All right, Dave Wedge, anything new here?  I mean do we still believe that he is refusing to speak to the authorities? 

DAVE WEDGE, “BOSTON HERALD” REPORTER:  Well our best information unfortunately hasn‘t changed.  That he remains in England.  The investigators here are continuing to do their due diligence and there‘s no indication that he‘s been interviewed.  Detectives have not gone back to England and there‘s been no arrest warrant issued in this case, so it‘s actually status quo today.

ABRAMS:  And do we know anything more about why he decided not to come? 

WEDGE:  We don‘t.  You know as I said, the best information we have is that he is staying with another relative in England.  We had an investigator tell us that Rachel‘s family did not feel that he was welcome at the funeral, so perhaps that played into why he didn‘t come, that he—on top of the fact that you know investigators want to talk to him, if he does come here.  Her family didn‘t want him there, according to our sources. 

ABRAMS:  Let me ask you, Dave, there was a report in “The Sun” in London, reporting that and I quote—“Neil Entwistle phoned the family of his murdered wife and said I can‘t remember how I got to England.  Is it true Rachel and Lillian are dead?”

Have you been able to confirm that? 

WEDGE:  That‘s one of the things we‘re chasing down today.  I don‘t know where that information came from.  They quote a source close to the family.  We‘re trying to run that down.  If that is indeed true, it‘s very interesting and it‘s the first indication that he reached out to the family after the murders. 

And there‘s also this whole bit about the stepfather‘s guns, that he had this large gun collection.  And this was in the home where Neil lived with Rachel until 10 days before the murders.  Our information is that‘s another angle that the investigators are looking at.  So the pieces in the puzzle are starting to come together...

ABRAMS:  Are there any guns missing from the stepfather‘s house that we know of? 

WEDGE:  Our information is that there is not...

ABRAMS:  All right, so then what‘s the relevance, then? 


WEDGE:  Well the possibility is there that he used one of the guns and returned it. 


WEDGE:  And our information is that those guns are being closely looked at in this investigation.  That they‘re looking at all the guy‘s guns to see if possibly the murder weapon might be among them.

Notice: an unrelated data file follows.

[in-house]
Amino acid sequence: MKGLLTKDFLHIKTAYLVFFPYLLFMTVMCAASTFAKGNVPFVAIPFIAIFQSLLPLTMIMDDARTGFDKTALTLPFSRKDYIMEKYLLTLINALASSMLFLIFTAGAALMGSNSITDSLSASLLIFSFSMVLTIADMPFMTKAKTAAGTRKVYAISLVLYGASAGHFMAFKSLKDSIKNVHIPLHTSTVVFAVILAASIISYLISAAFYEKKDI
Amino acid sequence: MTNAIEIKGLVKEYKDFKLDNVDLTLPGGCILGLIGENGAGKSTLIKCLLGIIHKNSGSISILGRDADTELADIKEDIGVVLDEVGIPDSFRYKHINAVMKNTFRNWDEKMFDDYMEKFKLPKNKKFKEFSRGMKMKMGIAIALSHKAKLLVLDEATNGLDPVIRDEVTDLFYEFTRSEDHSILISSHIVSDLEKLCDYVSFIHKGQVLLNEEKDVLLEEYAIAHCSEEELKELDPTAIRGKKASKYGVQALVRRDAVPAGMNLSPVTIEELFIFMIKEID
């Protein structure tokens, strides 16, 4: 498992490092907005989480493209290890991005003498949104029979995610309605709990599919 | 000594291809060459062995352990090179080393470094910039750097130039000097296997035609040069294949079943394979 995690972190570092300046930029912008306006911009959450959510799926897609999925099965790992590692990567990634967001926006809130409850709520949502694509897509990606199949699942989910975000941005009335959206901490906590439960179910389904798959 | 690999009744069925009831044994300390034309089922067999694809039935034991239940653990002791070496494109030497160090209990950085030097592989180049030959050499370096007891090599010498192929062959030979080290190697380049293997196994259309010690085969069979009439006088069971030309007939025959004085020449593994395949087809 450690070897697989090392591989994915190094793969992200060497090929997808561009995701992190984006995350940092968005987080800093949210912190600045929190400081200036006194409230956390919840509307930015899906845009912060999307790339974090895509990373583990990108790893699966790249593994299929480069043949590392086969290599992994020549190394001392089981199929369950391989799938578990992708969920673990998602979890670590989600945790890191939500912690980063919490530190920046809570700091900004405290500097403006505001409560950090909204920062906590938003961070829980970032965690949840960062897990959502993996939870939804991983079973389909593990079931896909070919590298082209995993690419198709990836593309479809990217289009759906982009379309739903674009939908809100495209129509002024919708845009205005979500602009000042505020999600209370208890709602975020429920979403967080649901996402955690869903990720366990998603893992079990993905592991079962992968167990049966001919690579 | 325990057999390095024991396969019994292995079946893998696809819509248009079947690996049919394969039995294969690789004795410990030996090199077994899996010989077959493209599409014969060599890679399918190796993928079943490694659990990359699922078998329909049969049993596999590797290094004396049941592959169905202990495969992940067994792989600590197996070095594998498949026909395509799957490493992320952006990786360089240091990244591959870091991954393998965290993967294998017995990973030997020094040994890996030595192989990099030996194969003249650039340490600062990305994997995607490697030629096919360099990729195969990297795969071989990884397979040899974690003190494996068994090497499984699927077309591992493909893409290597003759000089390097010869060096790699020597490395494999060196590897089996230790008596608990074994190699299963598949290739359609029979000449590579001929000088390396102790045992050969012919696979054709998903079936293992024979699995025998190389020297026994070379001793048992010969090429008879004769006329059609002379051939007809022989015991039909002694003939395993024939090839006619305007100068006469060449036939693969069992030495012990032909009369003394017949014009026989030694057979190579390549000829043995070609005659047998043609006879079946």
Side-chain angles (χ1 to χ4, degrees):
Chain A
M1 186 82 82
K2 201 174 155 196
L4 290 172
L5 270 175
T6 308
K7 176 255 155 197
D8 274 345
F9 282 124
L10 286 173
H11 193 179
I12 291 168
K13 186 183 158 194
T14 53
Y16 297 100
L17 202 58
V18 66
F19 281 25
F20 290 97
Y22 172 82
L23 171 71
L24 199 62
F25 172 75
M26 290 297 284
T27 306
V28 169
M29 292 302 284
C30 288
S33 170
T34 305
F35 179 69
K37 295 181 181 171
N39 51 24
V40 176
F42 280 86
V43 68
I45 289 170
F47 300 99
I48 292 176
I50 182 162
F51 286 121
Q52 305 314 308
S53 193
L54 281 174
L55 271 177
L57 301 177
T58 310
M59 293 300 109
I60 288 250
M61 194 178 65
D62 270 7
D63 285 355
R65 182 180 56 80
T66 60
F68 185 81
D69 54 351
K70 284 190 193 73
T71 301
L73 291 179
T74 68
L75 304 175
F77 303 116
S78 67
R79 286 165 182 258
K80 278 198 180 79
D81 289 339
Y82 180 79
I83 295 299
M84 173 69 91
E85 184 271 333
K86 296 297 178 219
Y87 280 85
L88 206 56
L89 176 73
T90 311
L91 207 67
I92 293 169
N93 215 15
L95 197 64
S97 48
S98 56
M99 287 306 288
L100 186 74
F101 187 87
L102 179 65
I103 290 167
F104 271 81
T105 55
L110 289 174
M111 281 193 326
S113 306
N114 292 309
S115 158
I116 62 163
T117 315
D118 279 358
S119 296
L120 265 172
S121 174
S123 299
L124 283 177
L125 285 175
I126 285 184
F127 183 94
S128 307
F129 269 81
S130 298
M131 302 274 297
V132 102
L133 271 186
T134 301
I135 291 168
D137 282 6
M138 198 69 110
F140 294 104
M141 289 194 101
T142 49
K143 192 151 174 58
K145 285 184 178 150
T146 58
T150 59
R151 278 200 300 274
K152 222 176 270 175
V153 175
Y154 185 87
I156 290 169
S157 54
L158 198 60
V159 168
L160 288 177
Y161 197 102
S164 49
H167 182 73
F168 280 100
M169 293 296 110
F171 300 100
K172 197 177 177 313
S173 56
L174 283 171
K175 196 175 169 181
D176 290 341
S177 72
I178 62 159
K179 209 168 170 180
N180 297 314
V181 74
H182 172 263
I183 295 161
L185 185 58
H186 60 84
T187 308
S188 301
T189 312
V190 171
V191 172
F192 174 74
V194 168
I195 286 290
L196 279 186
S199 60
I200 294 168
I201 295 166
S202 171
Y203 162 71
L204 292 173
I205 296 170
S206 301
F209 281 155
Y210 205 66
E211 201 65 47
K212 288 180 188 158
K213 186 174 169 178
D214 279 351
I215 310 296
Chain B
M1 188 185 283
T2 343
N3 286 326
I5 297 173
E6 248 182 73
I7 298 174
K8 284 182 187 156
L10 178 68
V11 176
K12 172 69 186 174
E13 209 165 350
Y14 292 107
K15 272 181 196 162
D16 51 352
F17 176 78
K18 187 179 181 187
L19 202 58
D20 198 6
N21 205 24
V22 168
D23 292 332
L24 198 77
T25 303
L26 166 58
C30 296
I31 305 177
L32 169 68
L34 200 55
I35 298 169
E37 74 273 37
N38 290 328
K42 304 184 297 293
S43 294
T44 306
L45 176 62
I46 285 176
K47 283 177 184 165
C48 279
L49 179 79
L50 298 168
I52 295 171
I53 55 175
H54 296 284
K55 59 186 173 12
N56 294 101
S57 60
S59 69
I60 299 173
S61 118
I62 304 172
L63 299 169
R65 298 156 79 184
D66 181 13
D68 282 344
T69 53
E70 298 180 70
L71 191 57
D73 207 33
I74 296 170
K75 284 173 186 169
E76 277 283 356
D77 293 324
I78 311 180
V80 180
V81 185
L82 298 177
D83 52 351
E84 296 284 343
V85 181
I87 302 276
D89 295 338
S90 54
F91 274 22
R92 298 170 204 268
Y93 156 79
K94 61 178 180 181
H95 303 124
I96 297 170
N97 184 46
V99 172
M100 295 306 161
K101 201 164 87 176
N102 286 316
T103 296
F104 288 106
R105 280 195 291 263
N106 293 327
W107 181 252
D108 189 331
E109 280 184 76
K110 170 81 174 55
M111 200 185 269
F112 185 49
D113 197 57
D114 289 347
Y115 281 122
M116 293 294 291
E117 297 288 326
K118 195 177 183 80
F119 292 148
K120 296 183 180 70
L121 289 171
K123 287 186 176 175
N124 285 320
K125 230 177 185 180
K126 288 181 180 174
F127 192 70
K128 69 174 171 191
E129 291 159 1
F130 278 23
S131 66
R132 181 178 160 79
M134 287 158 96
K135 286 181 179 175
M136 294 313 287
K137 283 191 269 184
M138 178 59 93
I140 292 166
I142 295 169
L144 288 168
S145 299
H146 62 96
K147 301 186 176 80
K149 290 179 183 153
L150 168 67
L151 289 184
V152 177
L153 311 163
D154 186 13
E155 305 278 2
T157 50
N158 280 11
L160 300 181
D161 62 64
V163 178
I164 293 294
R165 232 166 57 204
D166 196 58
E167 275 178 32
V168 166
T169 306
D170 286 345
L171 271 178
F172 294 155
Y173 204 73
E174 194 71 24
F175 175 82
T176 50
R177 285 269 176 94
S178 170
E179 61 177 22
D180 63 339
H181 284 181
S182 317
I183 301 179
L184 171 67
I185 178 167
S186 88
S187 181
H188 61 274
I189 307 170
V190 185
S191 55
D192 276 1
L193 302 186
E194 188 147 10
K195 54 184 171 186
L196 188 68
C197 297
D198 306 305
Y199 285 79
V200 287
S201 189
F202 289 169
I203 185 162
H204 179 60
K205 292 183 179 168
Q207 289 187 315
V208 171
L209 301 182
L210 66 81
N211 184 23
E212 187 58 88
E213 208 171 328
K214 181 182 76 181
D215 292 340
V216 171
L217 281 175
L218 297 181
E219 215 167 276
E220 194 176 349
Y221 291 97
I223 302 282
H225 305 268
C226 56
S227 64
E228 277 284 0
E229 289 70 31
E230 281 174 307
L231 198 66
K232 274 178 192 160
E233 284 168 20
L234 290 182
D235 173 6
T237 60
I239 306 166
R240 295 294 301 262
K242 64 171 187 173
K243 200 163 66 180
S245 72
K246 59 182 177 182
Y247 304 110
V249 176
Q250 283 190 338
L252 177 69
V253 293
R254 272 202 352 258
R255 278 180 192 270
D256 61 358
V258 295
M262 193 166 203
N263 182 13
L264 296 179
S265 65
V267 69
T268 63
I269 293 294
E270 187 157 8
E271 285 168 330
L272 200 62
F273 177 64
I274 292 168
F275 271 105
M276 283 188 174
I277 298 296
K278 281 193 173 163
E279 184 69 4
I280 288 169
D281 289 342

ABRAMS:  Emma Murphy joins us, ITN reporter who is in London.  Emma, do you know where Neil Entwistle is? 

EMMA MURPHY, ITN REPORTER:  Well we‘re trying to find out where Neil Entwistle is today.  It‘s an international search for one man, really.  It‘s thought he isn‘t far from his parents‘ home, which (INAUDIBLE) East Midlands about two hours from London.  But quite where exactly he is, is not yet known, but there are members of the media from across the world currently trying to seek him out. 

ABRAMS:  This is what Martha Coakley, the prosecutor from Middlesex County, said on this program last week. 


UNIDENTIFIED FEMALE:  They found under covers the mother and daughter.  And not obvious signs of violence.  In other words, there was not blood on the sheets and in fact until the M.E. and the technicians arrived it was not clear how they had died.  There did appear to be at least one bullet in the baby.  It was only upon autopsy completed yesterday the M.E. found the gunshot wound to Rachel‘s head, which he deemed to be the cause of death. 


ABRAMS:  All right, Jack Levin, I‘ve spoken with both Jonna Spilbor and Bill Fallon about this at length.  What are your initial reactions to what we know about time of death, about cause of death, about Neil Entwistle‘s actions, et cetera? 

JACK LEVIN, CRIMINOLOGIST:  Well you know, I don‘t want to condemn anyone based on almost no evidence at all.  On the other hand, on a statistical basis alone, you‘d have to have suspected him from the beginning.  He‘s more than a person of interest that‘s for sure.  Of course, the D.A. isn‘t going to call him a suspect, because for one thing I don‘t think there‘s a lot of evidence here against him. 

And then two, they don‘t want him to flee.  You know now he‘s in England.  You don‘t know where he‘s going to end up next.  They may never get him.  And that‘s why he didn‘t come back to the funeral.  It‘s not what the victims‘ parents thought of him.  It‘s that he probably knows that he‘s guilty.  He doesn‘t want to be arrested.  He doesn‘t want to go to the American embassy.  Certainly he doesn‘t want to come back to Boston, and it seems to me that that really indicates that he‘s probably guilty. 

ABRAMS:  Here‘s the critical timeline.  Thursday, January 19 was the last time Rachel was heard from.  The 20th, he reportedly bought a plane ticket to London.  Saturday the 21st it‘s believed—at least his name was on a passenger list, 8:15 a.m. flight for London.  Sunday the bodies of Rachel and Lillian were found at 6:30 p.m. 

Dave Wedge, are you able to confirm that on Friday the 20th of January he bought a ticket to London?

WEDGE:  No and that‘s another lead we‘re tracking down.  We don‘t know where that report came out of.  The investigators on this case are—